The Washington PostDemocracy Dies in Darkness

The complicated history of Thomas Jefferson’s Koran

And why it’s the perfect choice for Rashida Tlaib’s congressional swearing in.

Kim Ellison, wife of Rep. Keith Ellison (D-Minn.), carries a copy of the Koran once owned by Thomas Jefferson that her husband used for his swearing in in 2007. (Bill O'Leary/The Washington Post)

This week, like other new members of Congress, incoming Michigan Rep. Rashida Tlaib (D) will take her first oath of office. Unlike most other incoming members of Congress, however, Tlaib will be sworn in on the Koran, Islam’s holiest book. And not just any Koran, but the 1734 English translation of the work that belonged to Thomas Jefferson and now resides in the Library of Congress.

One of the country’s first two Muslim congresswomen elected, both elected in November, Tlaib said she hoped to make a critical point with the choice of tome. “It’s important to me because a lot of Americans have this kind of feeling that Islam is somehow foreign to American history,” she told the Detroit Free Press. "Muslims were there at the beginning.”

Longtime Congress watchers will recall Rep. Keith Ellison (D-Minn.), America’s first Muslim member of the body, also used Jefferson’s Koran for his 2007 swearing-in. "It demonstrates that from the very beginning of our country, we had people who were visionary, who were religiously tolerant, who believed that knowledge and wisdom could be gleaned from any number of sources, including the Koran,” Ellison told the Associated Press at the time.

These are worthy sentiments. But they are also not the whole story. That is because Jefferson’s 1734 translation of the Koran was not produced out of a special love for Islam, but rather to further Christian missionary efforts in Muslim lands. As translator George Sale wrote in his introduction to the reader, “Whatever use an impartial version of the Korân may be of in other respects, it is absolutely necessary to undeceive those who, from the ignorant or unfair translations which have appeared, have entertained too favourable an opinion of the original, and also to enable us effectually to expose the imposture.”

While Sale opposed the coerced conversion of Muslims and acknowledged virtues in Mohammed’s teachings, he was nonetheless a product of his religiously-fraught time who saw Islam as fundamentally foreign. “The Protestants alone are able to attack the Korân with success,” he wrote in his introduction, “and for them, I trust, Providence has reserved the glory of its overthrow.” Noting these very lines, one scholar cites Sale’s work as an example of religious intolerance in the republic’s early days.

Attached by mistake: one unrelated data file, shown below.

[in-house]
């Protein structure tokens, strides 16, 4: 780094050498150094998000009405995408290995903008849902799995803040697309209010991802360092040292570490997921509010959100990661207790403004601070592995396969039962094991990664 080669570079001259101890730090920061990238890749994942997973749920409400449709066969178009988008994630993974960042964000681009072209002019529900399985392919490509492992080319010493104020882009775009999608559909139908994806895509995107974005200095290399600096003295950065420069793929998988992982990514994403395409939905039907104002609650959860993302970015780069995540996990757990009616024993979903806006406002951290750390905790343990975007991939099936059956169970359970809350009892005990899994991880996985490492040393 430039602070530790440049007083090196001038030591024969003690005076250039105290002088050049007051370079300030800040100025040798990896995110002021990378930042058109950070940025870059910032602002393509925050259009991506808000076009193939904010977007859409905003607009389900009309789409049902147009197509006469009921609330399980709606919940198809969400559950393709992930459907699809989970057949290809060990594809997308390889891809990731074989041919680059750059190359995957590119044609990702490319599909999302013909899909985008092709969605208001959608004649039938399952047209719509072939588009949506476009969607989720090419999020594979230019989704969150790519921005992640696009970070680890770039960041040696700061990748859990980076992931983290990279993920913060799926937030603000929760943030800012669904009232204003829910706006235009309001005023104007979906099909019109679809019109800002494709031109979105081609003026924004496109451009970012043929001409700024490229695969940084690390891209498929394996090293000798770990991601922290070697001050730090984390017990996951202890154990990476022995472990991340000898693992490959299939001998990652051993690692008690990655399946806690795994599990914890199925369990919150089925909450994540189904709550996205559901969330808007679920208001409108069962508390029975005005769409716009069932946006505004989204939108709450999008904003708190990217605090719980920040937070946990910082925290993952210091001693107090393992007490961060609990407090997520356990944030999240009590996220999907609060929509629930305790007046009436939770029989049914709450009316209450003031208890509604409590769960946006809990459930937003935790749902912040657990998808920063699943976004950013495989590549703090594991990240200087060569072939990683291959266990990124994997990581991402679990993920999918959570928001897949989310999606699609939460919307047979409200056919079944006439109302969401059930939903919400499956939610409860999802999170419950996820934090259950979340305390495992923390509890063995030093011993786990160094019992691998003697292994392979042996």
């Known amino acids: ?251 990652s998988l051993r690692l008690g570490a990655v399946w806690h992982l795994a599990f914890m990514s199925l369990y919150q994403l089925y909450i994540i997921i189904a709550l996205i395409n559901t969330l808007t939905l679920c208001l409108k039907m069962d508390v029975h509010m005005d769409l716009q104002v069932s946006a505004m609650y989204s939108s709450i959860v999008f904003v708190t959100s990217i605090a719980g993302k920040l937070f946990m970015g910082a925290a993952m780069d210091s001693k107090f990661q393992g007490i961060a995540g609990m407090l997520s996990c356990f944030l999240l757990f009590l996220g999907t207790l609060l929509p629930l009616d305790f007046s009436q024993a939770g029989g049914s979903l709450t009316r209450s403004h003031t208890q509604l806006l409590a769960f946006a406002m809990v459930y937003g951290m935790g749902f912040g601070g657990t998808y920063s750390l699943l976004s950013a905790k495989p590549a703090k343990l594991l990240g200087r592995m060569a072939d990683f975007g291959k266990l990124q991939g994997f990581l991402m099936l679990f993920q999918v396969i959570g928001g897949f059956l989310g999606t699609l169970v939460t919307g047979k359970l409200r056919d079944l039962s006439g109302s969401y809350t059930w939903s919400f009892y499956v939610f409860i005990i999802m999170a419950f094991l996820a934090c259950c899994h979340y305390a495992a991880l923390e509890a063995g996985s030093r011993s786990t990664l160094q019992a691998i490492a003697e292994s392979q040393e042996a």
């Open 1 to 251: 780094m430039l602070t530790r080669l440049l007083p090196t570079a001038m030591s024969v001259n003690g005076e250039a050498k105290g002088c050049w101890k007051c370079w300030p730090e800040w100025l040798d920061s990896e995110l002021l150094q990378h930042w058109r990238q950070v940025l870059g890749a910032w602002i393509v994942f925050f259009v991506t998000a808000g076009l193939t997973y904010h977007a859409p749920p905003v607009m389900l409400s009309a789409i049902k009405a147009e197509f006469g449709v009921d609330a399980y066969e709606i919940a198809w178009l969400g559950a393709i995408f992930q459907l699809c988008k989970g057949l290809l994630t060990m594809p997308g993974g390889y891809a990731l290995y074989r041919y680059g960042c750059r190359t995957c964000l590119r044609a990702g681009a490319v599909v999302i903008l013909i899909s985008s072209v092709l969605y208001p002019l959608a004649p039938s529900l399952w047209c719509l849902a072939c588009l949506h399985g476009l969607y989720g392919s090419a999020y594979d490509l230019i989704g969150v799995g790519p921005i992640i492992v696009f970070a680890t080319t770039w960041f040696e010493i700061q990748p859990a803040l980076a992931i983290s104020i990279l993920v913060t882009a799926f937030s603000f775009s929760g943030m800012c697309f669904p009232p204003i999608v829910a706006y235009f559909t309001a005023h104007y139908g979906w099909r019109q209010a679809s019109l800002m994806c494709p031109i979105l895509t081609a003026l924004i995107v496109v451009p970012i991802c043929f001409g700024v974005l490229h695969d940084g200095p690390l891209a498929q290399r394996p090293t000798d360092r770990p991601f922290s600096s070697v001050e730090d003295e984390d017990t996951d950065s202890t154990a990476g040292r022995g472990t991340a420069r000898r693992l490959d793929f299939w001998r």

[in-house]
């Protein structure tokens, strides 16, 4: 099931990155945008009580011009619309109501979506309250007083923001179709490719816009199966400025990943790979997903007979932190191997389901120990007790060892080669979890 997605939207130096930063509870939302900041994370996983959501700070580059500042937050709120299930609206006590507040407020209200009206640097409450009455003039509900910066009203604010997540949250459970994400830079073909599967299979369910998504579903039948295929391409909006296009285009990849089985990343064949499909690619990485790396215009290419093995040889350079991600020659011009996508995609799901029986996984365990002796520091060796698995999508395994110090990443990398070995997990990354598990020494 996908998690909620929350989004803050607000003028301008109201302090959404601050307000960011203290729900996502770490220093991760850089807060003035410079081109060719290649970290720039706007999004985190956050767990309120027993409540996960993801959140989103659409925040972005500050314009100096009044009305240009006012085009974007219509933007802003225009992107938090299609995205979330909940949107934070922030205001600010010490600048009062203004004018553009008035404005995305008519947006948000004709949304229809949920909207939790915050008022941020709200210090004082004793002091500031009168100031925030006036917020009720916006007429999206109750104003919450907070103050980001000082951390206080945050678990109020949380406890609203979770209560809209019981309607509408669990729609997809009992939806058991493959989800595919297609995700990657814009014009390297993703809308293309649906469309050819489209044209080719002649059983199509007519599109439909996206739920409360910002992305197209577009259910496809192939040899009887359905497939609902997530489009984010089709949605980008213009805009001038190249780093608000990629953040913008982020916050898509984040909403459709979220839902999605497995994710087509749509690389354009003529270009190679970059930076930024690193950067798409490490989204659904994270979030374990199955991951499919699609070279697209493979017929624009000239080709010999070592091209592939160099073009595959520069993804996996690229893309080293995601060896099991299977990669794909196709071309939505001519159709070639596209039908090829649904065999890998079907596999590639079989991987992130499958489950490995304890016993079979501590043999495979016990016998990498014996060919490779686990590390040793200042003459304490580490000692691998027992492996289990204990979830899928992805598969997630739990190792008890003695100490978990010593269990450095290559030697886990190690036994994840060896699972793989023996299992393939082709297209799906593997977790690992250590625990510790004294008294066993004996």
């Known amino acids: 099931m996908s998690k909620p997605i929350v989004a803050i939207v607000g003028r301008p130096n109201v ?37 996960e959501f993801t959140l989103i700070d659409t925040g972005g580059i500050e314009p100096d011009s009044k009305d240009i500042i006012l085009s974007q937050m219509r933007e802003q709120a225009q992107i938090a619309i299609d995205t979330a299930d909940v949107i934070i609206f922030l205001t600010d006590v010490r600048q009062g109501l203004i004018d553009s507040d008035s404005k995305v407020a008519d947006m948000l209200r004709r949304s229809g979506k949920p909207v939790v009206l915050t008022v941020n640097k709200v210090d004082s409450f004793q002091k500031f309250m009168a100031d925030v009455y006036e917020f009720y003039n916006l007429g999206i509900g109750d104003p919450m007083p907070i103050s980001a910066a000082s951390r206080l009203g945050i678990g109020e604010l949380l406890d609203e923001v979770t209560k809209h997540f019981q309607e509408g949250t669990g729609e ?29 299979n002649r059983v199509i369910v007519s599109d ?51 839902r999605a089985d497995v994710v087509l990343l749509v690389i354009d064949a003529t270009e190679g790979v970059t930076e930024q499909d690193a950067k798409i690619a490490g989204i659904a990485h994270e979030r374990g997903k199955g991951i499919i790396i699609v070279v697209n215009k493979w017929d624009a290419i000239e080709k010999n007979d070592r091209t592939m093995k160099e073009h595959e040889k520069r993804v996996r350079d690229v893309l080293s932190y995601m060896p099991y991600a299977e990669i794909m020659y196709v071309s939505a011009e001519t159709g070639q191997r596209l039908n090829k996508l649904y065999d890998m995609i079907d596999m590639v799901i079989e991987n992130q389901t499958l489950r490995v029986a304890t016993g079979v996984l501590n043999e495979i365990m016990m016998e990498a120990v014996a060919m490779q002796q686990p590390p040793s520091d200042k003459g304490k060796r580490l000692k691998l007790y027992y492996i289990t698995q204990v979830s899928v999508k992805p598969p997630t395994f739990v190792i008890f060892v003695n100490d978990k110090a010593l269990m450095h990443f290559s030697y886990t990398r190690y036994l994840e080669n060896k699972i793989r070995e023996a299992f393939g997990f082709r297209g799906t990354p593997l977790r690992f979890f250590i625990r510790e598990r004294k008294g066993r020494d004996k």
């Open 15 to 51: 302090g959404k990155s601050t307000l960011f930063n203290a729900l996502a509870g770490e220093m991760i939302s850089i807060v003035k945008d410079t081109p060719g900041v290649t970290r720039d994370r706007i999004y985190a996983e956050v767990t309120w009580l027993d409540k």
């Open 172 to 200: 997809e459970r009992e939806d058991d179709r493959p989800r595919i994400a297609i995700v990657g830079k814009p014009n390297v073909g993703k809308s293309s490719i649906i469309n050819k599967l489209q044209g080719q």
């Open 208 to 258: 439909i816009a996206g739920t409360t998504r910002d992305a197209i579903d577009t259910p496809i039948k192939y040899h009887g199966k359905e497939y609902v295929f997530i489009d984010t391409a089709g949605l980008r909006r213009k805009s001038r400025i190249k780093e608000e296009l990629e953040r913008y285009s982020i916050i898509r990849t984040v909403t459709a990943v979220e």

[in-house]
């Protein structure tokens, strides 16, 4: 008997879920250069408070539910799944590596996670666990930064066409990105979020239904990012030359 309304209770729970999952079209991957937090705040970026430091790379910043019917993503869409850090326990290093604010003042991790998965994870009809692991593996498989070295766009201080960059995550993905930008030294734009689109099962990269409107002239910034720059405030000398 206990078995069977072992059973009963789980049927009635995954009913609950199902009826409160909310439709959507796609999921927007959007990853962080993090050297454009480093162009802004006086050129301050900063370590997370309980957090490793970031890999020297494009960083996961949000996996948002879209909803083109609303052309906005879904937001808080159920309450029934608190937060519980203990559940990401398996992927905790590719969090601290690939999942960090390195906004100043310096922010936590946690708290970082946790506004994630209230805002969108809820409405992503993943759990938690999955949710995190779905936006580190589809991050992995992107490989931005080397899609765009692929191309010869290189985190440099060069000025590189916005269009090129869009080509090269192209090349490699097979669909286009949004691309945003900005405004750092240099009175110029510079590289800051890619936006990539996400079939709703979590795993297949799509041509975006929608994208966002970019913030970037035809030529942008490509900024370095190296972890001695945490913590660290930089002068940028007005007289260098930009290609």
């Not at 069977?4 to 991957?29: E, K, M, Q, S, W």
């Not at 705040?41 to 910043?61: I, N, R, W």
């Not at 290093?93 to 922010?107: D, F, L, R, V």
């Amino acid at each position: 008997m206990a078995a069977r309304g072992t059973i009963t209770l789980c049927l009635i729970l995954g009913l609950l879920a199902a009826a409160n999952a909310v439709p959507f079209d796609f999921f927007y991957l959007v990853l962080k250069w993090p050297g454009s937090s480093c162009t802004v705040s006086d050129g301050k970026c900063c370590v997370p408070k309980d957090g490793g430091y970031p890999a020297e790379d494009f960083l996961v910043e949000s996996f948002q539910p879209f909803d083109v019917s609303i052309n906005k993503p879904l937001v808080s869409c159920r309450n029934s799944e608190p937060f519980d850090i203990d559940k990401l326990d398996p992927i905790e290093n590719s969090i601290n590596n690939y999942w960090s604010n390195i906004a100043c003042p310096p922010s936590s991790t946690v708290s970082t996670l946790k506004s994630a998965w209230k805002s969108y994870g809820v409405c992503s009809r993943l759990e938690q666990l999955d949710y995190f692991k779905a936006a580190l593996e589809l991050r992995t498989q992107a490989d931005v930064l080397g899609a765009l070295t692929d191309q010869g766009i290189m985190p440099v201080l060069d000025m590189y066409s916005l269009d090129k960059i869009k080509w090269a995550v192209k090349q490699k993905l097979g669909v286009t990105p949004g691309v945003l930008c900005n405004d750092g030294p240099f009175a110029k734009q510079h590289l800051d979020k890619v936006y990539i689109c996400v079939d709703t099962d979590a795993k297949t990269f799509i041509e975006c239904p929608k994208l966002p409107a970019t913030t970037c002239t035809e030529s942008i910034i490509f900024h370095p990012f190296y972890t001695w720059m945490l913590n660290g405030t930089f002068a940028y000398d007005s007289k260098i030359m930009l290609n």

In other words, Jefferson’s Koran is a more complicated artifact than the past decade or so of media coverage would have you believe. But does that mean the book is ill-suited to mark the induction of a Muslim legislator into the American government? Not at all. In fact, Jefferson’s Koran would be particularly appropriate for this occasion, not in spite of the prejudice within it, but because of it.

This is because Jefferson’s Koran embodies the twin truths we must acknowledge about America’s relationship with Muslims. On the one hand, as Tlaib rightly noted, the work’s existence shows Islam has been part of the American story from the beginning. On the other hand, as Sale’s translation reminds us, so has fear and misunderstanding of Muslims.

Indeed, long before conservative conspiracy theorists falsely accused President Barack Obama of being a secret Muslim, as though the faith itself was somehow disqualifying, an anti-Federalist writer in 1788 fretted that without a religious test in the Constitution, “we may have a Papist, a Mohamatan, a Deist, yea an Atheist at the helm of the Government.”

Our contemporary moment is no different. Just as Muslims are very much a part of America today, so is anti-Muslim prejudice. When Ellison opted to use the Koran for his oath of office in 2007, it sparked a nationwide controversy, with a member of Congress and conservative commentators inveighing against this alleged encroachment on Judeo-Christian values.

“The Muslim Representative from Minnesota was elected by the voters of that district and if American citizens don’t wake up and adopt the Virgil Goode position on immigration there will likely be many more Muslims elected to office and demanding the use of the Koran,” warned Virginia Rep. Virgil Goode (R) in a letter to constituents. Eleven years later, American is led by a president who is similarly open in his disdain for Muslims, ominously entertained the idea that they be added to a registry, promoted far-right propaganda against them and publicly declared, “Islam hates us.”

And yet, Americans have just elected the first two Muslim women to serve in the U.S. Congress.

Jefferson’s Koran is thus an important symbol of the delicate duality of Muslim American life — both included and excluded — and of who we Americans are and how far we have to go. By putting her hand on this specific Koran as she enters Congress to represent her fellow Americans, Tlaib would be transforming a work that saw Muslims as other into a stepping-stone toward another future.

Using a flawed facsimile of Islam’s holiest book for this purpose would not tell a simple story, but it would tell a true one — a statement of hope and progress that does not airbrush out the fears and failures. Like so many things about our imperfect past, Jefferson’s Koran cannot be changed. But through our efforts to imbue it with new meaning, it might yet be redeemed.